There was also a presentation that we did. I remember that I just re-translated the names of the streets around the general vicinity of my home into English and presented that. Renamed Ho Ching Road, Yuan Ching Road, Tao Ching Road…

The thing that left the greatest impression on me was the exam where I had to translate from English to Chinese. Now, that’s not my default option, but I just performed it clinically. Then there was also an essay question, which I could basically just cruise along with and spend less time on.

4: Tennis

In the very same semester, I took Tennis with a friend. Now, the backstory behind this is that we had learnt a bit of Tennis before. At least I wasn’t very good, though. But I was in it for the fun, not the grade.

Now, this lesson was set at an unusual time. Yes, there were morning slots for this module too, but ours was at like 6-9pm. By default in NTU, it’s like most lessons will end at probably 5.30. Still, if you can have fun, who cares about the time?

The vast majority of the time in this module was spent playing tennis. Some of the other students were those sporty NIE kids who got to take it as a PE rather than a UE. There was also an exchange student from Korea, but I digress. Naturally, the class was partly graded through actual tennis matches. I’m the kind who randomly swings however I feel like it, so I was inconsistent, sometimes good but mostly bad.

There was one small theory test that we had in the computer lab. I know that quite a few people googled the answers online while doing this test. Personally, my friend and I didn’t do so. I didn’t really study much for that test and definitely did poorly compared to everybody else, but I didn’t really care either way.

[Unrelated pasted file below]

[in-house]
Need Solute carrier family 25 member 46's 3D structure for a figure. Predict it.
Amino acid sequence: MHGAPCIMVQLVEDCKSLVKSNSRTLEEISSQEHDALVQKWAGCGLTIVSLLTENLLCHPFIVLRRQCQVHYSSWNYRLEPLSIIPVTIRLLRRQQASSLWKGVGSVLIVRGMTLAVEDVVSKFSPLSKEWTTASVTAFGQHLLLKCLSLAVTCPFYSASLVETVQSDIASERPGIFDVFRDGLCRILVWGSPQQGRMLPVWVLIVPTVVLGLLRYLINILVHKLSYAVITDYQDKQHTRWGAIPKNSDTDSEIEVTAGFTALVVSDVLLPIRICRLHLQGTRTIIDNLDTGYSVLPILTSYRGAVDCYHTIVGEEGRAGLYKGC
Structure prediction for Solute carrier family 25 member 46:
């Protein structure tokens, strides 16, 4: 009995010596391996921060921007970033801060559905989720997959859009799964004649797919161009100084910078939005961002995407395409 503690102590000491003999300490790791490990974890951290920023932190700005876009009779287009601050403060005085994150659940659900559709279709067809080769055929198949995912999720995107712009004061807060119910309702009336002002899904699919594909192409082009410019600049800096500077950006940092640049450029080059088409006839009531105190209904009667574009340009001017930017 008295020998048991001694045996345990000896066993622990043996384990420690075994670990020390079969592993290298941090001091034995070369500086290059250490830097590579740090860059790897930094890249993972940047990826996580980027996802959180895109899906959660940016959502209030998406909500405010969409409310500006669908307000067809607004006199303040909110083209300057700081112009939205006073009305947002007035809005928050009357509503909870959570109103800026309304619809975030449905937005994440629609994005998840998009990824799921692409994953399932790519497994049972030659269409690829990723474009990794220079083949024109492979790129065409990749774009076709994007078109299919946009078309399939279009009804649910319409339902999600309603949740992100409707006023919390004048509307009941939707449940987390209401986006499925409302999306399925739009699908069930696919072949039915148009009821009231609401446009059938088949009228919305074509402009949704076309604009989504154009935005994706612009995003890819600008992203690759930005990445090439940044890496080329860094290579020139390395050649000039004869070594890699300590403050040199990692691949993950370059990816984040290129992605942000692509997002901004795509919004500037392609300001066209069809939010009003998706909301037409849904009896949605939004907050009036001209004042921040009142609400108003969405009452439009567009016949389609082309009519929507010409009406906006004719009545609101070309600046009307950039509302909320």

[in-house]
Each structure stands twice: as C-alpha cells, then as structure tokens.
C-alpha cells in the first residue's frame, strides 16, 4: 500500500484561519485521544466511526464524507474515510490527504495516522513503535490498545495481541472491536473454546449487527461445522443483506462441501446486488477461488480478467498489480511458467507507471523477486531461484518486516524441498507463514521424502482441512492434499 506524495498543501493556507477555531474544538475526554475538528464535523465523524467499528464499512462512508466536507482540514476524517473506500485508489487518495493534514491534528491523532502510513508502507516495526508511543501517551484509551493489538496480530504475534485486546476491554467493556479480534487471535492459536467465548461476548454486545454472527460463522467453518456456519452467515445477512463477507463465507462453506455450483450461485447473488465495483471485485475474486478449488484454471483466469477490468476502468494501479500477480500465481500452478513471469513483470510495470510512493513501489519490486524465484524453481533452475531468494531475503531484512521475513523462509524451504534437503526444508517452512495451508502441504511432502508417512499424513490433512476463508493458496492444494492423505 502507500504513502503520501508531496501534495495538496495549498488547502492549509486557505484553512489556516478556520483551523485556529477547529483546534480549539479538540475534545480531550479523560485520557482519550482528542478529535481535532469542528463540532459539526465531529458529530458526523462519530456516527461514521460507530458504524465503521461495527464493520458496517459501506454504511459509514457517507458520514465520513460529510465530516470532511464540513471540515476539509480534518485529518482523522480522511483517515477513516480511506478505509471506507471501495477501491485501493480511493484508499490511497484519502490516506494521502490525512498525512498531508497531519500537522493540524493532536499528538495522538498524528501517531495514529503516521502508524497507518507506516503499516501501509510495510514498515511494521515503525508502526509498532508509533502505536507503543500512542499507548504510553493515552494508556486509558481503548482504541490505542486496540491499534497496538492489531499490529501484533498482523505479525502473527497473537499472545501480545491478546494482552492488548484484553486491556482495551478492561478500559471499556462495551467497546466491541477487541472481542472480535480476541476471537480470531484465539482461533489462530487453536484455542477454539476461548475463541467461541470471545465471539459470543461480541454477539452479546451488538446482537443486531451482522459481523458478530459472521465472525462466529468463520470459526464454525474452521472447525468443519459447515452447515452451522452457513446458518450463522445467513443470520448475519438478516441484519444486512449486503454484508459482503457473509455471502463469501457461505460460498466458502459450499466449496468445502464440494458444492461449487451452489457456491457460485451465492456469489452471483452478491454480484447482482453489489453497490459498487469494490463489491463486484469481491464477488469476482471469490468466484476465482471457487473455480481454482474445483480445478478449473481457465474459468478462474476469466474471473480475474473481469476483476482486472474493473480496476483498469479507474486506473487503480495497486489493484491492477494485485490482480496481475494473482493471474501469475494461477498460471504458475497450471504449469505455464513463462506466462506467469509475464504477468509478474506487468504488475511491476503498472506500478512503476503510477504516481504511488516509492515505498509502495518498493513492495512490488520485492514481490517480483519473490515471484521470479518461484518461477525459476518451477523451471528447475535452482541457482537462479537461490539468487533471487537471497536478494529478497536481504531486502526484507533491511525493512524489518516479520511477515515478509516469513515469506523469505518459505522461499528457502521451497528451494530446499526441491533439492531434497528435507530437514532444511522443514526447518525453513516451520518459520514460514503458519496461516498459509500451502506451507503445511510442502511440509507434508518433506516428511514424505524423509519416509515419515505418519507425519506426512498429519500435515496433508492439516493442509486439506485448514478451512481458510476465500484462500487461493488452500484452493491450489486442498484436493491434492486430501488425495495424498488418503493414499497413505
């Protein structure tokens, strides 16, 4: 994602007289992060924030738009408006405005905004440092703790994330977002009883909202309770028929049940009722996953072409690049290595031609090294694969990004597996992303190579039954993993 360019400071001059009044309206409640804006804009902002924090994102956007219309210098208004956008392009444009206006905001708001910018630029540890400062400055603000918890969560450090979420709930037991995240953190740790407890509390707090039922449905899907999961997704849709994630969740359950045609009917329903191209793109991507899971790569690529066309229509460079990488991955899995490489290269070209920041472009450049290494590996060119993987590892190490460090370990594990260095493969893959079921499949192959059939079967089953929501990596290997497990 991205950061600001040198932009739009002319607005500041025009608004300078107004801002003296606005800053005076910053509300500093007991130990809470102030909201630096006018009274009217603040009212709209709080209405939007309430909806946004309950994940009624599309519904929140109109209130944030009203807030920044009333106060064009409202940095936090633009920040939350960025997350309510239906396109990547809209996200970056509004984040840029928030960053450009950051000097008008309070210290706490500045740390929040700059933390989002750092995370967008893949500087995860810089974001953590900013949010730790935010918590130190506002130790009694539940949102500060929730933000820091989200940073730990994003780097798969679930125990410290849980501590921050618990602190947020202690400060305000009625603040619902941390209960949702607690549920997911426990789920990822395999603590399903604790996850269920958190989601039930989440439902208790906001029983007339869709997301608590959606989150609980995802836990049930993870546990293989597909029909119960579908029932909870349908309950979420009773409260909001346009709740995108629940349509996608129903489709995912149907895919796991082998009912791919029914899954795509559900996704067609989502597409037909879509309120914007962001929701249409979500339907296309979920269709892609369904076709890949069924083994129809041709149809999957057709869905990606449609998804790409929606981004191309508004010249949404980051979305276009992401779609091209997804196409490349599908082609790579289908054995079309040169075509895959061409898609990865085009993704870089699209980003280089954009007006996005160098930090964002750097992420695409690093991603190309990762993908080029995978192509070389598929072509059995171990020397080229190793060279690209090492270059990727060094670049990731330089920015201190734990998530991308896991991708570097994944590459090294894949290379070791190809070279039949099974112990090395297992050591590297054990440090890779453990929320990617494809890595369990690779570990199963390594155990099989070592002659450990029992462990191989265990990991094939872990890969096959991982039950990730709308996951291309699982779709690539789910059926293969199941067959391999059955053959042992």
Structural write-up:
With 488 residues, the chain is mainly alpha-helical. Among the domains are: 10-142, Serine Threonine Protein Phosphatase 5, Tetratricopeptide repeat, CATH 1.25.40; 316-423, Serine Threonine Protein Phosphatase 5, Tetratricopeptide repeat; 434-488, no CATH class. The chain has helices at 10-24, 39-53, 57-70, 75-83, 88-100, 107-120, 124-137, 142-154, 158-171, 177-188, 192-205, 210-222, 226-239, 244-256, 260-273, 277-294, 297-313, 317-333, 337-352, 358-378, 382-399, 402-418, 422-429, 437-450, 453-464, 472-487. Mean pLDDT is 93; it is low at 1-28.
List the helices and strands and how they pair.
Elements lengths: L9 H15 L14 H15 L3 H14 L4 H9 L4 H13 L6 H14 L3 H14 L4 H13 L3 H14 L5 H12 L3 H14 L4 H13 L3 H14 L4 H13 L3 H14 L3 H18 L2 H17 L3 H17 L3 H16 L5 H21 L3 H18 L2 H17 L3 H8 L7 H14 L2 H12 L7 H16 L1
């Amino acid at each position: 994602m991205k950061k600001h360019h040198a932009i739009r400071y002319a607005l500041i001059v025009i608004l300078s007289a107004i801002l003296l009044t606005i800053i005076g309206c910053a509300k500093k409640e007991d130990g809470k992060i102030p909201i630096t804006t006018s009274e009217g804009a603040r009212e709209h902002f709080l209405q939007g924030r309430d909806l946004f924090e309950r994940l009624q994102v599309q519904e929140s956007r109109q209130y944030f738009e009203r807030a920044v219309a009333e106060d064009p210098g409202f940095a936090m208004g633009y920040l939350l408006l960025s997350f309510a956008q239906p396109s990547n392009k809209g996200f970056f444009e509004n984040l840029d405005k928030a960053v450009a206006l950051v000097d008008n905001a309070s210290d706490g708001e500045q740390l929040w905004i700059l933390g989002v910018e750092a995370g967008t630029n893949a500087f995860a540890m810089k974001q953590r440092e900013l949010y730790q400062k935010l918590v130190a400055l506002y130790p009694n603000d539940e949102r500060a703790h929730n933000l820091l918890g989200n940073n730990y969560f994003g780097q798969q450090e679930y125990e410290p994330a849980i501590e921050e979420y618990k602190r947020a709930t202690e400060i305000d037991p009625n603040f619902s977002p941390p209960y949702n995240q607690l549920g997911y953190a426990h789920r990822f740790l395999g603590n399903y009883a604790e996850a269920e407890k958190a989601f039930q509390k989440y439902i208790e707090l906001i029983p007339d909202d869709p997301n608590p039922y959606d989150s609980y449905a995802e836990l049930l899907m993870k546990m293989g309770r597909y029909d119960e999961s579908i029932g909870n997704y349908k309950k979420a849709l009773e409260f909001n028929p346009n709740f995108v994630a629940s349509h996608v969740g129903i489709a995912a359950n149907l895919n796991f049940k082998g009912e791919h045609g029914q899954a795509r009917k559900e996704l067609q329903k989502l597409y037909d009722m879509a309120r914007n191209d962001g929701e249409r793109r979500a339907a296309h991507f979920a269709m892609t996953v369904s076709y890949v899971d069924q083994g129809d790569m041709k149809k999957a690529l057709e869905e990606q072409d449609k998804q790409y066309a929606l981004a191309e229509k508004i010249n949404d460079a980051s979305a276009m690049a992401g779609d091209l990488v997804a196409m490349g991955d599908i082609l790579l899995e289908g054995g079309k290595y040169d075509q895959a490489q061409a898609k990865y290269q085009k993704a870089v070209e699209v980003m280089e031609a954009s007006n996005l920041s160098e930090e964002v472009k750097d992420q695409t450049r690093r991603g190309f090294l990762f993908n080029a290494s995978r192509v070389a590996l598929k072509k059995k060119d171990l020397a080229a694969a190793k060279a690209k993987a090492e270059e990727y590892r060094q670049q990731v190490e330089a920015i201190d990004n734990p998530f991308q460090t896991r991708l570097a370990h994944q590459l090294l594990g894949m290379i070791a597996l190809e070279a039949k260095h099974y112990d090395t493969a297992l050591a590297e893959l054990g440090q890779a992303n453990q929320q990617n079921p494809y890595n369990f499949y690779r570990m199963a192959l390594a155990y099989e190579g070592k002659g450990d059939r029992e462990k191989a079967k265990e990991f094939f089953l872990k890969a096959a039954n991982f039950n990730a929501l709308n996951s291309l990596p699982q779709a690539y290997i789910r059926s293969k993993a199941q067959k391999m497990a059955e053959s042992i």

5: Topics in Military History

I took this in my fourth semester, which was my worst ever NTU semester. This was another NIE module like Introduction to Theatre Studies and Tennis. I’d say it was a fun and chill class.

Something memorable about this class was that we played military games. One that I remember had British, German and French troops — I think it was supposed to be a simulation of Napoleon and the Battle of Waterloo or something like that. It was a strategy game, obviously. Um, I have no idea who won, though.

At some point in time, we had to do individual presentations. Now some people are like gun addicts or whatever, but the romanticist in me made me choose something more on the classical side. I presented on the Battle of the Hydaspes, something to do with Alexander the Great and the Macedonians. An interesting fact is that other than infantry and cavalry, there were also elephants trampling people in that battle. This was worth 25%.

For the final assignment, I wrote a critical review about the military revolution. I remember that it was pretty uneventful. It was worth 35%.  Other than that, there was also a field trip that along with our tutorial discussion accounted for 20% of our grade. Hmm, it’s kind of like the most relaxing way to get a grade in NTU.

6: Voice Studies and Production

In the same semester, I took… yes, yet another NIE course, because why not. Just another weekly journal to do!

Something interesting we did in this class was humming. We would lie down on the floor and do humming exercises, humming from different parts of our bodies. Like ‘ohmmm’ and stuff. It was pretty cool, though I have to admit I don’t really retain knowledge of it. All I remember is like how fun and random it was. Sorry, professor.

Naturally, that class again did not have a final examination component. Instead it was graded through a whole lot of presentations. Now, speaking of presentations, there was a group presentation and a final solo presentation. I went in for the first one, unfortunately, with my mind totally blank…